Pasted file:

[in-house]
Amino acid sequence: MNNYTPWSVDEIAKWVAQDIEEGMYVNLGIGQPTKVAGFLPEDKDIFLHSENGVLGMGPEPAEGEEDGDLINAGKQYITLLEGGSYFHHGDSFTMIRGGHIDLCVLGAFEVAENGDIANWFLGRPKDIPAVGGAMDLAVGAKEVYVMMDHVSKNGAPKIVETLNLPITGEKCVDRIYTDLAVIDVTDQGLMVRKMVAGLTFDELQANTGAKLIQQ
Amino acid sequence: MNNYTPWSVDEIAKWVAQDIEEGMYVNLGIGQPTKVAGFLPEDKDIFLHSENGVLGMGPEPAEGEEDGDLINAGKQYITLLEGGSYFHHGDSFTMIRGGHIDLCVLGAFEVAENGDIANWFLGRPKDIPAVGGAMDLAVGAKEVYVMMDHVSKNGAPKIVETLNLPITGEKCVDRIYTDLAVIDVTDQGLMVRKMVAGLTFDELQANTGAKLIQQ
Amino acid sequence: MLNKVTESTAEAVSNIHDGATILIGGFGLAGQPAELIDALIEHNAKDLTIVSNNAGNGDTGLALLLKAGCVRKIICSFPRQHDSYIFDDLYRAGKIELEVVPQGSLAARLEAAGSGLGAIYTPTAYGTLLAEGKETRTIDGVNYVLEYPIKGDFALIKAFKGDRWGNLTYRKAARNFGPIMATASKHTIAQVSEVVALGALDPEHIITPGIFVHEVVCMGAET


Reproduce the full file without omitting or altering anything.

[in-house]
Amino acid sequence: MNNYTPWSVDEIAKWVAQDIEEGMYVNLGIGQPTKVAGFLPEDKDIFLHSENGVLGMGPEPAEGEEDGDLINAGKQYITLLEGGSYFHHGDSFTMIRGGHIDLCVLGAFEVAENGDIANWFLGRPKDIPAVGGAMDLAVGAKEVYVMMDHVSKNGAPKIVETLNLPITGEKCVDRIYTDLAVIDVTDQGLMVRKMVAGLTFDELQANTGAKLIQQ
Amino acid sequence: MNNYTPWSVDEIAKWVAQDIEEGMYVNLGIGQPTKVAGFLPEDKDIFLHSENGVLGMGPEPAEGEEDGDLINAGKQYITLLEGGSYFHHGDSFTMIRGGHIDLCVLGAFEVAENGDIANWFLGRPKDIPAVGGAMDLAVGAKEVYVMMDHVSKNGAPKIVETLNLPITGEKCVDRIYTDLAVIDVTDQGLMVRKMVAGLTFDELQANTGAKLIQQ
Amino acid sequence: MLNKVTESTAEAVSNIHDGATILIGGFGLAGQPAELIDALIEHNAKDLTIVSNNAGNGDTGLALLLKAGCVRKIICSFPRQHDSYIFDDLYRAGKIELEVVPQGSLAARLEAAGSGLGAIYTPTAYGTLLAEGKETRTIDGVNYVLEYPIKGDFALIKAFKGDRWGNLTYRKAARNFGPIMATASKHTIAQVSEVVALGALDPEHIITPGIFVHEVVCMGAET